Posts Tagged 'Airport security'

Hawaii

Hawaii had served us well. Eleven of us came and eleven went home. Kids, grandkids, and faux family members spent a week living in a rented house on the Maui seashore. Although the house was not as pretty as its pictures, we sucked it up, went snorkeling with the sea turtles, played pool in the den, and wrestled with the petulant wi-fi.

And we ate. Costco was our dear friend as were the smaller shops in the neighborhood. We drank, made sandwiches out of anything that didn’t move, and nibbled away at stuff that came out of cellophane packages with a list of ingredients that should have made us sick but didn’t.

The weather was cooperative, reaching 90 degrees most days and what seemed like 100% humidity every day, all day. We had neglected to check on the house’s air conditioning. When we did, we discovered its absence. I spent a lot of time thinking about my childhood in Chicago, where much of the summer was like Hawaii but without the azure blue ocean and the gentle trade winds.

Every night had a planned event. With three rental cars, daytime was left to the imagination. We went to the obligatory luau where, after a few alcohol laden Mai Tais, we seemed to be as much on display as the performers were.

My favorite event was a dinner and magic show at Warren and Annabelle’s in Lahaina. Around nearly 25 years, it’s much like Hollywood’s Magic Palace but on a shrunken scale. I couldn’t stop laughing and remembered doing the same thing at a 1990 Jackie Mason show at the Fonda Theater on Hollywood Boulevard.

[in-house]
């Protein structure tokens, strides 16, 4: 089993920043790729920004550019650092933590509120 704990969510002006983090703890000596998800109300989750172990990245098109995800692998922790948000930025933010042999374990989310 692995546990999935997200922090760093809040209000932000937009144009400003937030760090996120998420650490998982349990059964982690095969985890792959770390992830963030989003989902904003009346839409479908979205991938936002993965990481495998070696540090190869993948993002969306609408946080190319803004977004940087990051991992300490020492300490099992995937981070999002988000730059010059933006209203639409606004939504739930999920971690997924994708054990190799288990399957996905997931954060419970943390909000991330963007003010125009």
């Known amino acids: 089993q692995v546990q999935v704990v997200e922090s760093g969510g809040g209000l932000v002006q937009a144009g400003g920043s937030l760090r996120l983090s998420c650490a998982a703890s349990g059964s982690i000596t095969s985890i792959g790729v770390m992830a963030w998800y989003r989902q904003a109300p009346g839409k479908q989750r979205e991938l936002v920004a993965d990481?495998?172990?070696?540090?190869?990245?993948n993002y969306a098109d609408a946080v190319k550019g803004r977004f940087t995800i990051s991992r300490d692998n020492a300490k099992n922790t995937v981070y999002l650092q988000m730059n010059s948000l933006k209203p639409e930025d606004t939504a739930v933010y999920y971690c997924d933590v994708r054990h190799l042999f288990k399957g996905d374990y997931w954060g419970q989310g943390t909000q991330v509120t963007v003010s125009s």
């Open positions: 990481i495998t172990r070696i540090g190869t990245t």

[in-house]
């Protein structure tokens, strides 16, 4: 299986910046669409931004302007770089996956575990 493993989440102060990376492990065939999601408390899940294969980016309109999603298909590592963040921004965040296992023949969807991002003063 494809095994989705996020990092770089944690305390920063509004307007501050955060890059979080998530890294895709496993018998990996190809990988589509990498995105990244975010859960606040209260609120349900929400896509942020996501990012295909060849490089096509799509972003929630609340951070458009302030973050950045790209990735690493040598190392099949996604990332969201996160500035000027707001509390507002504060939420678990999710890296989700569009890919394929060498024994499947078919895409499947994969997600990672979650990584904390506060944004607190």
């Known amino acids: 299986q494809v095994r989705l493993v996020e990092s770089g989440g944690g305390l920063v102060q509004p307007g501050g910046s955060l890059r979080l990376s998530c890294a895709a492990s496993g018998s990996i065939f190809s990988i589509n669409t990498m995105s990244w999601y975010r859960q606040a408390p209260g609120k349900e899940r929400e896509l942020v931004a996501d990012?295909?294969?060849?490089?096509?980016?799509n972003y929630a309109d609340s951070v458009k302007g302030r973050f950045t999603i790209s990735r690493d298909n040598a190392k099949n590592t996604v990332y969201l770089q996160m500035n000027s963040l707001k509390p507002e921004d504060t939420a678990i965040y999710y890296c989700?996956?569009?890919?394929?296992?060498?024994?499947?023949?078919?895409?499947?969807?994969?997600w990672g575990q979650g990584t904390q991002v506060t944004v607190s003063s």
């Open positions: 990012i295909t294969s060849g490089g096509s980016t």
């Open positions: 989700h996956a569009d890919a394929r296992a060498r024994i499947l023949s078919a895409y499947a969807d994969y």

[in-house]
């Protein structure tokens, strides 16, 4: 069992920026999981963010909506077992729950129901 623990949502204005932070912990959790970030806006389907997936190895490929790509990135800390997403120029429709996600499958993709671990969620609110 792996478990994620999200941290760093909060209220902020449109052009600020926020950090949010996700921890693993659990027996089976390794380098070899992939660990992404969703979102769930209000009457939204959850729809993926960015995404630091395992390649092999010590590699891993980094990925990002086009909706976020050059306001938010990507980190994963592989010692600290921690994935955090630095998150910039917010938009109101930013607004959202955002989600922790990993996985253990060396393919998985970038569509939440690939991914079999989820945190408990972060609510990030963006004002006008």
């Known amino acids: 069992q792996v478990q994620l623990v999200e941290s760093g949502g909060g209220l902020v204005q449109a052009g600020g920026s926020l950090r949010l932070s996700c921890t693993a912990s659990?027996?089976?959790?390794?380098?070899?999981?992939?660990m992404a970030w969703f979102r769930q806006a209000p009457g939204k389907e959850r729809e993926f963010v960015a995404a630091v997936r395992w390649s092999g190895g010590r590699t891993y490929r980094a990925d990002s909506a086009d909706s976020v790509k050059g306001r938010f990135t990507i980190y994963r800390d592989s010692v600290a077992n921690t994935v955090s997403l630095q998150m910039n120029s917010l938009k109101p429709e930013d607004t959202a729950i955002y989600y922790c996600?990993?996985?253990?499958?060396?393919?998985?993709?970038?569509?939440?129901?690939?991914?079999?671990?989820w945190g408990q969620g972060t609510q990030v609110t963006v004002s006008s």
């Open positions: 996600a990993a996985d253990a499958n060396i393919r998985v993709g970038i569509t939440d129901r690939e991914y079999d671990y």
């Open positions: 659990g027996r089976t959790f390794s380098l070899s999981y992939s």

Everything you’ve heard about how expensive things are in Hawaii is true. Fortunately, everyone takes credit cards. I came to Maui with less than $200 in cash. I came home with all but $25 and a list of purchases on my credit card that scrolled off my smartphone and onto the kitchen floor.

The last full day of our adventure brought Jackie and me to the Montage, a hotel that believes everyone should live like a millionaire so that it can be deposited with them before leaving the Island. Apathetic about spending nearly $2,000 overnight for a bed and bathroom, we instead settled for his and her massages. Although the cost at the Montage made the Ojai Valley Inn look like a Motel 6, the outdoor setting, warm breezes, and expert masseuses left us with a memory that will linger a long time.

Then, with the food and the money gone, we were off to the airport for the flight home.

Kahului Airport is about 45 minutes from our rental house, just about enough time to learn how to pronounce its name. There are only 13 letters in the Hawaiian alphabet, five of which are vowels. The ratio of vowels to consonants probably accounts for the repeated use of the letters U and I in many words, like Kahului. The opposite title, the one for the most letters, is held by Cambodia with 74 including 12 vowels. Phnom Penh is my favorite word displaying their predilection for P’s, N’s and H’s.